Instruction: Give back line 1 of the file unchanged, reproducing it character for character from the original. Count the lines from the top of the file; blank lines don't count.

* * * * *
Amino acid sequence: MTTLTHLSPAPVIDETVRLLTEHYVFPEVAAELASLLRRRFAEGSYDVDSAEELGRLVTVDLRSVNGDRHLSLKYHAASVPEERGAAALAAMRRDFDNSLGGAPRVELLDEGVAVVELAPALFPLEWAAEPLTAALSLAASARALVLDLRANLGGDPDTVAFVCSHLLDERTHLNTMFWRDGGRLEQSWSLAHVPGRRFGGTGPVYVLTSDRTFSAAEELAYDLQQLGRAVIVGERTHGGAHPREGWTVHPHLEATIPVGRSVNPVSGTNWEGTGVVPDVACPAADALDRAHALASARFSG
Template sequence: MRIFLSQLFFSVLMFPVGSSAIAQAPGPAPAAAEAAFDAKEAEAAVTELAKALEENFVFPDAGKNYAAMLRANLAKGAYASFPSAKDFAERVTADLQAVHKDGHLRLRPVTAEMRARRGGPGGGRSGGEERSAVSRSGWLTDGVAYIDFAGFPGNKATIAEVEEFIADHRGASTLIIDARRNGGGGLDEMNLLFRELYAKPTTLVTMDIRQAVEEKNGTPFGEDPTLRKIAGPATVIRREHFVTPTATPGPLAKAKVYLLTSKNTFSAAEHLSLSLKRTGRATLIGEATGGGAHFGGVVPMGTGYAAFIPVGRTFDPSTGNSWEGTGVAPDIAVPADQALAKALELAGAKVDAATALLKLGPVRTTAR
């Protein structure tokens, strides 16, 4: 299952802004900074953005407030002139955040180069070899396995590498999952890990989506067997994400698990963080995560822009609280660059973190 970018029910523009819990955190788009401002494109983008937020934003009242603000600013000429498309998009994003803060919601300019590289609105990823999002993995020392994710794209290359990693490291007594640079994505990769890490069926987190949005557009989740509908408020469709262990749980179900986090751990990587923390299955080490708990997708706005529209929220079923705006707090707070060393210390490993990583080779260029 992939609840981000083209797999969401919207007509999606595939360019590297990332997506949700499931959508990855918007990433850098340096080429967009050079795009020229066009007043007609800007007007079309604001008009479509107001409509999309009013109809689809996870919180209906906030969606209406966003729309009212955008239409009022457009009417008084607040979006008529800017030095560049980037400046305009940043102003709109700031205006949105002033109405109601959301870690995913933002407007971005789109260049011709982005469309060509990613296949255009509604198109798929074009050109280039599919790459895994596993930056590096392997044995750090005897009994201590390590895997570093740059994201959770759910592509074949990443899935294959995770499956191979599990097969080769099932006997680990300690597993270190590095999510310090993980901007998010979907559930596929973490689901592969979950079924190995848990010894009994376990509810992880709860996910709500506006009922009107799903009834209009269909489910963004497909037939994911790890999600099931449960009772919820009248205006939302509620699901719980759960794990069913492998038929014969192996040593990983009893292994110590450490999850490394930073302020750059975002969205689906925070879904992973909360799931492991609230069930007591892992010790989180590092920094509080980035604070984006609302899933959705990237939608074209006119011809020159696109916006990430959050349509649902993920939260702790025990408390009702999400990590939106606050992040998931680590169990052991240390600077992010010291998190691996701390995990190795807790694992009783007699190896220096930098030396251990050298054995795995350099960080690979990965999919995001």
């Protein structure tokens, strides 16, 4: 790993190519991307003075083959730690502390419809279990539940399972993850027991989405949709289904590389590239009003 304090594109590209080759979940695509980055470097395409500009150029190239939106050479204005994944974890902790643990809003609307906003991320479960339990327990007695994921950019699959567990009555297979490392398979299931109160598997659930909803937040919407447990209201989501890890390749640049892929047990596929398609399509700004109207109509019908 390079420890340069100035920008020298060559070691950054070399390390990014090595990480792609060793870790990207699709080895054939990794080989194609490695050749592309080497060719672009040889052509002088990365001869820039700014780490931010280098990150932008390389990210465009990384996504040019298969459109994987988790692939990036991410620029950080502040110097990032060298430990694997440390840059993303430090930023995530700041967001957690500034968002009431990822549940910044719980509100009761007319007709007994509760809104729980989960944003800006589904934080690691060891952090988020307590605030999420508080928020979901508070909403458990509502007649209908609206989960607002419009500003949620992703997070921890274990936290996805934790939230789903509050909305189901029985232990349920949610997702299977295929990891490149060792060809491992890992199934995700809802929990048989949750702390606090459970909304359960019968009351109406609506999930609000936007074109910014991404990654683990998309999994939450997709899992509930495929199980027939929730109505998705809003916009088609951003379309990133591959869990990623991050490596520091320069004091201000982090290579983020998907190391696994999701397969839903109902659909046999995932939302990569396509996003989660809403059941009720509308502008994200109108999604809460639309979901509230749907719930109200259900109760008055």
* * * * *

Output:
Amino acid sequence: MTTLTHLSPAPVIDETVRLLTEHYVFPEVAAELASLLRRRFAEGSYDVDSAEELGRLVTVDLRSVNGDRHLSLKYHAASVPEERGAAALAAMRRDFDNSLGGAPRVELLDEGVAVVELAPALFPLEWAAEPLTAALSLAASARALVLDLRANLGGDPDTVAFVCSHLLDERTHLNTMFWRDGGRLEQSWSLAHVPGRRFGGTGPVYVLTSDRTFSAAEELAYDLQQLGRAVIVGERTHGGAHPREGWTVHPHLEATIPVGRSVNPVSGTNWEGTGVVPDVACPAADALDRAHALASARFSG